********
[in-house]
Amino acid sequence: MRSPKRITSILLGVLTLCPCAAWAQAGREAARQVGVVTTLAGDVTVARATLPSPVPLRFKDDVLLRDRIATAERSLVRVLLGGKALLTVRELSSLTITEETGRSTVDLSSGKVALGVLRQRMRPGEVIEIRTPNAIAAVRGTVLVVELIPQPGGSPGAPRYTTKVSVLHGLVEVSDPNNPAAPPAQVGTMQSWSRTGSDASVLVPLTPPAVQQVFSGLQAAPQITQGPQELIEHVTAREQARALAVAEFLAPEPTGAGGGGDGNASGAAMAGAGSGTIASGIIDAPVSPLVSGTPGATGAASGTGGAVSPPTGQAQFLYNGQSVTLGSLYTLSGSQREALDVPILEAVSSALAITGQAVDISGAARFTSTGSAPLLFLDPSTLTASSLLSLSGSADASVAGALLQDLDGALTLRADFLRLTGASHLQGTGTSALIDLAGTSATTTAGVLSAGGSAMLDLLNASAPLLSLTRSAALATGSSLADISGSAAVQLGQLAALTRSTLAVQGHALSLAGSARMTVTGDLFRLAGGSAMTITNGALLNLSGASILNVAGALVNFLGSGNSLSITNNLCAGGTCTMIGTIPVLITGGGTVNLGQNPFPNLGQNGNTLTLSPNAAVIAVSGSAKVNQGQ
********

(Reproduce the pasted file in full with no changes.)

[in-house]
Amino acid sequence: MRSPKRITSILLGVLTLCPCAAWAQAGREAARQVGVVTTLAGDVTVARATLPSPVPLRFKDDVLLRDRIATAERSLVRVLLGGKALLTVRELSSLTITEETGRSTVDLSSGKVALGVLRQRMRPGEVIEIRTPNAIAAVRGTVLVVELIPQPGGSPGAPRYTTKVSVLHGLVEVSDPNNPAAPPAQVGTMQSWSRTGSDASVLVPLTPPAVQQVFSGLQAAPQITQGPQELIEHVTAREQARALAVAEFLAPEPTGAGGGGDGNASGAAMAGAGSGTIASGIIDAPVSPLVSGTPGATGAASGTGGAVSPPTGQAQFLYNGQSVTLGSLYTLSGSQREALDVPILEAVSSALAITGQAVDISGAARFTSTGSAPLLFLDPSTLTASSLLSLSGSADASVAGALLQDLDGALTLRADFLRLTGASHLQGTGTSALIDLAGTSATTTAGVLSAGGSAMLDLLNASAPLLSLTRSAALATGSSLADISGSAAVQLGQLAALTRSTLAVQGHALSLAGSARMTVTGDLFRLAGGSAMTITNGALLNLSGASILNVAGALVNFLGSGNSLSITNNLCAGGTCTMIGTIPVLITGGGTVNLGQNPFPNLGQNGNTLTLSPNAAVIAVSGSAKVNQGQ